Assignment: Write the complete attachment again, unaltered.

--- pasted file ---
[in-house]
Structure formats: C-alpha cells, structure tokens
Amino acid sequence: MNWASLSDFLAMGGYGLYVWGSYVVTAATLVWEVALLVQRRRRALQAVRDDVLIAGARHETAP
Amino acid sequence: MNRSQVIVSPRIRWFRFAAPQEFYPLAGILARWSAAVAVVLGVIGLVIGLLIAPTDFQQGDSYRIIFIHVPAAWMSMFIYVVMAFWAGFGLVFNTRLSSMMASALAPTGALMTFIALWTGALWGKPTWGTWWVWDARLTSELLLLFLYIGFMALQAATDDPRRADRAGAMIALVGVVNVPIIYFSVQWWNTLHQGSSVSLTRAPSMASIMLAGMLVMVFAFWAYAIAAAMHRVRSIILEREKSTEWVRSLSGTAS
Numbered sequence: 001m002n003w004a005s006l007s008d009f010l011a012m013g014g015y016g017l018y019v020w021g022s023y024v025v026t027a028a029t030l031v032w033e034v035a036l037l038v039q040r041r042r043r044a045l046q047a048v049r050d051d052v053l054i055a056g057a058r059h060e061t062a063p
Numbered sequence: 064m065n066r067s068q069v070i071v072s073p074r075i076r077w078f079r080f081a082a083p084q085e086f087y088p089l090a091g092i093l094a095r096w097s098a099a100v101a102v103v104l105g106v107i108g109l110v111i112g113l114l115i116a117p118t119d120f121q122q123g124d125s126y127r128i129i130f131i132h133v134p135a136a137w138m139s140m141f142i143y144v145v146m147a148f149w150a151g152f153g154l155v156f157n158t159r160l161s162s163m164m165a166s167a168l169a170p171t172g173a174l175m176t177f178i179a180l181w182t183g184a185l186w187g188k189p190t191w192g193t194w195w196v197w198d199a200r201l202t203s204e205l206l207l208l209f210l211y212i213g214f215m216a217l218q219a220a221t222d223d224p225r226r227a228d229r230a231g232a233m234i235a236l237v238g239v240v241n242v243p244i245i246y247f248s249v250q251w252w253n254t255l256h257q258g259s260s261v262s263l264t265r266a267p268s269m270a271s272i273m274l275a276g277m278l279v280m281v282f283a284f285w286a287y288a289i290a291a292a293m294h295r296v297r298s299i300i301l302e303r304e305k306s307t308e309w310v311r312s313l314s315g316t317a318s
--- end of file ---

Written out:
[in-house]
Structure formats: C-alpha cells, structure tokens
Amino acid sequence: MNWASLSDFLAMGGYGLYVWGSYVVTAATLVWEVALLVQRRRRALQAVRDDVLIAGARHETAP
Amino acid sequence: MNRSQVIVSPRIRWFRFAAPQEFYPLAGILARWSAAVAVVLGVIGLVIGLLIAPTDFQQGDSYRIIFIHVPAAWMSMFIYVVMAFWAGFGLVFNTRLSSMMASALAPTGALMTFIALWTGALWGKPTWGTWWVWDARLTSELLLLFLYIGFMALQAATDDPRRADRAGAMIALVGVVNVPIIYFSVQWWNTLHQGSSVSLTRAPSMASIMLAGMLVMVFAFWAYAIAAAMHRVRSIILEREKSTEWVRSLSGTAS
Numbered sequence: 001m002n003w004a005s006l007s008d009f010l011a012m013g014g015y016g017l018y019v020w021g022s023y024v025v026t027a028a029t030l031v032w033e034v035a036l037l038v039q040r041r042r043r044a045l046q047a048v049r050d051d052v053l054i055a056g057a058r059h060e061t062a063p
Numbered sequence: 064m065n066r067s068q069v070i071v072s073p074r075i076r077w078f079r080f081a082a083p084q085e086f087y088p089l090a091g092i093l094a095r096w097s098a099a100v101a102v103v104l105g106v107i108g109l110v111i112g113l114l115i116a117p118t119d120f121q122q123g124d125s126y127r128i129i130f131i132h133v134p135a136a137w138m139s140m141f142i143y144v145v146m147a148f149w150a151g152f153g154l155v156f157n158t159r160l161s162s163m164m165a166s167a168l169a170p171t172g173a174l175m176t177f178i179a180l181w182t183g184a185l186w187g188k189p190t191w192g193t194w195w196v197w198d199a200r201l202t203s204e205l206l207l208l209f210l211y212i213g214f215m216a217l218q219a220a221t222d223d224p225r226r227a228d229r230a231g232a233m234i235a236l237v238g239v240v241n242v243p244i245i246y247f248s249v250q251w252w253n254t255l256h257q258g259s260s261v262s263l264t265r266a267p268s269m270a271s272i273m274l275a276g277m278l279v280m281v282f283a284f285w286a287y288a289i290a291a292a293m294h295r296v297r298s299i300i301l302e303r304e305k306s307t308e309w310v311r312s313l314s315g316t317a318s